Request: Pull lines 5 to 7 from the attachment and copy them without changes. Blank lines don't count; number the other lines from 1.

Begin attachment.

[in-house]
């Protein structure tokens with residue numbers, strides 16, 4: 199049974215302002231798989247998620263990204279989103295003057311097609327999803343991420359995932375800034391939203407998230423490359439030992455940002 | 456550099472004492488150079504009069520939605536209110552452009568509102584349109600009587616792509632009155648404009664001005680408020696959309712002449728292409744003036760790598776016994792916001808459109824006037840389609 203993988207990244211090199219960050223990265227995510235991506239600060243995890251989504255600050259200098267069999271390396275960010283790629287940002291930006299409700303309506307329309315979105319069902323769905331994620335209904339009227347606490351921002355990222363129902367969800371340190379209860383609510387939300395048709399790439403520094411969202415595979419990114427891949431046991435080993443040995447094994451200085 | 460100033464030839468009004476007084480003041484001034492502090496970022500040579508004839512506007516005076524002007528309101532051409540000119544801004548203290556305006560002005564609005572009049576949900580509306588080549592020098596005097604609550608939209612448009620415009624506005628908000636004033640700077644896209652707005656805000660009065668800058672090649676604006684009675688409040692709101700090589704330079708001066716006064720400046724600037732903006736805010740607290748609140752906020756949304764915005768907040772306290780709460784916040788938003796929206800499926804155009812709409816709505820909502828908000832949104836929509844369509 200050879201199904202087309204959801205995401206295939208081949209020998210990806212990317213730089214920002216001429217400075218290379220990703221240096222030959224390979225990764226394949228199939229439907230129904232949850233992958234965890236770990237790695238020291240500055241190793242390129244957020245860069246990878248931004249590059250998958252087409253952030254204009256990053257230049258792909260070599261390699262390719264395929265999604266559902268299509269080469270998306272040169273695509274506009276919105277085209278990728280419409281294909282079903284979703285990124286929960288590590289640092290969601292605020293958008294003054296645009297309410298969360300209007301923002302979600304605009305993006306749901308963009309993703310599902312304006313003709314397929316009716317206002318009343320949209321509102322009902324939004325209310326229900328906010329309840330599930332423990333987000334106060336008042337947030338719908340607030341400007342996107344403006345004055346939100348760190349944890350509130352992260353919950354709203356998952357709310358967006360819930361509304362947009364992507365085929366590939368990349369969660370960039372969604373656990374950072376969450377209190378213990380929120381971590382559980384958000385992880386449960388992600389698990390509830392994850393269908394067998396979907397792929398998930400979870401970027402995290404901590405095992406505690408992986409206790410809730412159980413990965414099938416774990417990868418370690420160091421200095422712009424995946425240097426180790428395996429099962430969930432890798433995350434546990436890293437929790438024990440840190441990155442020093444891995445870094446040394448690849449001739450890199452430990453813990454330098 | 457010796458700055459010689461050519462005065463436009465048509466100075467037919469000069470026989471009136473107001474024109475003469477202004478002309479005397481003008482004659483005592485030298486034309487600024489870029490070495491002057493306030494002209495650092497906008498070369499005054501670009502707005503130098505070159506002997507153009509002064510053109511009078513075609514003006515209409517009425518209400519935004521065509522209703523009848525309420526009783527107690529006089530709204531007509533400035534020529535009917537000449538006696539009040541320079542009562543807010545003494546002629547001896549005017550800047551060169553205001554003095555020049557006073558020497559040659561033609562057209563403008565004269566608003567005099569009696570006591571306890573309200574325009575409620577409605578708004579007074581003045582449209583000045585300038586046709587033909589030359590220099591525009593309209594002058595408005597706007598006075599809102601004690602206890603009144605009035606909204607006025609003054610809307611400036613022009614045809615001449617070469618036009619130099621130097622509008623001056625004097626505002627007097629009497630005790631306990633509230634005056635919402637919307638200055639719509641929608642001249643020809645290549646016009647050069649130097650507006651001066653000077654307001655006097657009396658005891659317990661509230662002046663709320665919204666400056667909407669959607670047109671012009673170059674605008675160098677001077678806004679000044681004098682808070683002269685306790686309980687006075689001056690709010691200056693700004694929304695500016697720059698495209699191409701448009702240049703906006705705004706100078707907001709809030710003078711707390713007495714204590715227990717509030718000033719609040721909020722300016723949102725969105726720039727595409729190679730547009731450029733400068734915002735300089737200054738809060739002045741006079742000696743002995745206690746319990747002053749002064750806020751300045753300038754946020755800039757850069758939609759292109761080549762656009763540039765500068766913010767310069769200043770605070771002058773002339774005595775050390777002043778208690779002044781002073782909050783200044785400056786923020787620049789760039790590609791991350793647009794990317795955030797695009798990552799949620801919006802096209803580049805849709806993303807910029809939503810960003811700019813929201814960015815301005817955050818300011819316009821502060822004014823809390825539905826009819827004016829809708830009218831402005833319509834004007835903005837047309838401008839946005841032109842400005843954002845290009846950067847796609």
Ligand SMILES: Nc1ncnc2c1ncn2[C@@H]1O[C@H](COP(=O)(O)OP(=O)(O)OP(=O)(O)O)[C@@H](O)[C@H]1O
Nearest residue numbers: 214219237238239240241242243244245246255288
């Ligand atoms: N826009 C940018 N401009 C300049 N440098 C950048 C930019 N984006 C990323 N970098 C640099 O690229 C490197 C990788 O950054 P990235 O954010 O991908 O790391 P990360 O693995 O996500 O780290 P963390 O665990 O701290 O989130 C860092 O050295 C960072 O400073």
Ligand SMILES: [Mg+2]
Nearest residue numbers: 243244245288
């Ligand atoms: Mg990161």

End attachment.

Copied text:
């Ligand atoms: N826009 C940018 N401009 C300049 N440098 C950048 C930019 N984006 C990323 N970098 C640099 O690229 C490197 C990788 O950054 P990235 O954010 O991908 O790391 P990360 O693995 O996500 O780290 P963390 O665990 O701290 O989130 C860092 O050295 C960072 O400073």
Ligand SMILES: [Mg+2]
Nearest residue numbers: 243244245288